If not, then why were three University of Florida professors swiftly silenced after daring to offer to assist plaintiffs in a lawsuit to overturn a law restricting voting rights?
Is criticizing your state now in the same bracket as don’t bite the monarch’s hand that feeds you? Don’t shout fire on a crowded campus? Yes, political pressure forced freedom of speech to take a back seat, at of all places, a university!
The professors, all political scientists, were barred from assisting plaintiffs in a lawsuit to overturn the state’s new law restricting voting rights. It raises questions of academic freedom and First Amendment rights, and maybe is evidence of some states skidding to new lows constitutionally.
Or bowing too quickly to a modern magisterial set called governors!
According to reports, university officials told the three that because the school was a state institution, participating in a lawsuit against the state “is adverse to U.F.’s interests” and could not be permitted.
It’s unclear whether Gov. Ron DeSantis, a Republican, was involved in the decision, but judging from his past actions on various other fronts, it seems likely he might have played a regal role in squashing their rights to free speech.
DeSantis prefers institutions marching to his drumbeat like his ordering local school boards to cease requiring schoolchildren to wear facemasks or lose state funding. Opposing vaccination passports to board cruise ships and mandates altogether, which he and others with similar views equate with the vile, despicable orders issued during the heinous reign of NAZI Germany.
Funny, the other day I suggested to my condo manager that since now those residents fully vaccinated will no longer have to wear facemasks in our building, it would be nice if they could voluntarily show they were vaccinated. Someone who overheard me shouted “NAZI Germany!”
The university’s refusal to allow the professors to testify was a marked turnabout for the University of Florida.
Like schools nationwide, the university has routinely allowed academic experts to offer testimony in lawsuits, even when they oppose the interests of the political party in power. Leading experts on academic freedom said they knew of no similar restrictions on professors’ speech and testimony, and they called the action probably unconstitutional.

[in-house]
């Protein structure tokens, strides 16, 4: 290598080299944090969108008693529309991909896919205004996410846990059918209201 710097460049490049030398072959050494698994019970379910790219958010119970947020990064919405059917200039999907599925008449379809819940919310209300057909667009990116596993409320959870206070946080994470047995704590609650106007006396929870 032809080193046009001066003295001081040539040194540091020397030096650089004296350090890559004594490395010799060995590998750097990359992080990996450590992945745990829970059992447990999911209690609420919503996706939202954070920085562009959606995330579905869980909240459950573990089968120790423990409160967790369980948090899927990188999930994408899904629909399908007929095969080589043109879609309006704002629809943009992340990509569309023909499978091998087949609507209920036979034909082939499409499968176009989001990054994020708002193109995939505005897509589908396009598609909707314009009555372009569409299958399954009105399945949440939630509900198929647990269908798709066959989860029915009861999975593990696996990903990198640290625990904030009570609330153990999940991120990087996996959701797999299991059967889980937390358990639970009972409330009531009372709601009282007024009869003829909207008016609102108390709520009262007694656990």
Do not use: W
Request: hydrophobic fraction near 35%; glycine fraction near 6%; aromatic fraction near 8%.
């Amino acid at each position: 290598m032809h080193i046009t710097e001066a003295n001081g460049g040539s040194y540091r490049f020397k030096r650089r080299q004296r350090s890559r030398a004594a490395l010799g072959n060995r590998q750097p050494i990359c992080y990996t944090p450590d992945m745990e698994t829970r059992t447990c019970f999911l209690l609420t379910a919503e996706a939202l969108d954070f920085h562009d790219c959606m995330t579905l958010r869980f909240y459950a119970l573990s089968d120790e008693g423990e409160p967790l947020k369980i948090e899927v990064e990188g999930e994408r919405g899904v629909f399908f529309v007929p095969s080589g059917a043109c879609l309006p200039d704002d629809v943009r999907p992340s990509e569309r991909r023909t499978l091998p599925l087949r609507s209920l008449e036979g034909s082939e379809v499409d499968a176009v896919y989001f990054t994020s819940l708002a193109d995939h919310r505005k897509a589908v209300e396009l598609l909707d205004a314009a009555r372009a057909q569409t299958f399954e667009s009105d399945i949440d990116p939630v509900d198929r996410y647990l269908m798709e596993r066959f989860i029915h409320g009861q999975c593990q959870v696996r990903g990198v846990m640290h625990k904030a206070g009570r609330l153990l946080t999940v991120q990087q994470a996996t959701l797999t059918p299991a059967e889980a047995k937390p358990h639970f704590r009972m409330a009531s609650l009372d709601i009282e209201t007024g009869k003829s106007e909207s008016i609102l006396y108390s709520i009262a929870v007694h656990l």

One of the professors in the latest filing testified with the University of Florida’s permission in two voting rights lawsuits against Florida’s Republican-led government in 2018. One suit forced the state to provide Spanish-language ballots for Hispanic voters. The other overturned a state-imposed ban on early-voting polling places on Florida university campuses.
But university officials reversed course after a coalition of advocacy and voting rights groups sued in May to block restrictions on voting enacted this year by the Republican-controlled State Legislature.
Among other provisions, the new law sharply limits the use of ballot drop boxes, makes it harder to obtain absentee ballots and places new requirements on voter registration drives. Plaintiffs argue that the law disproportionately limits the ability of Black and Hispanic voters to cast ballots.
In a letter to university officials, the legal director of the American Civil Liberties Union’s Florida branch noted Mr. DeSantis had signed legislation this year requiring universities to annually assess the state of academic freedom and ensure that students hear a variety of viewpoints, including those with which they disagree.
Barring the professors’ testimony would seem to go against the grain of those very tenets, the ACLU noted. The university “simply should not be looking to Governor DeSantis to decide which speech activities it will engage in,” the letter added. “That is precisely the opposite of the values that universities are thought to stand for.”
While I agree with Gov. DeSantis on many other issues, and feel terrible about what his brave wife Casey is having to contend with and pray she’ll beat her breast cancer, I still say in this instance involving free speech, three cheers for the ACLU!
Besides an inveterate blogger, Tom Madden is an author of countless published articles and five books, including his latest, WORDSHINE MAN, available in January on Amazon. He is the founder and CEO of TransMedia Group, an award-winning public relations firm serving clients worldwide since 1981 and has conducted remarkably successful media campaigns and crisis management for America’s largest companies and organizations.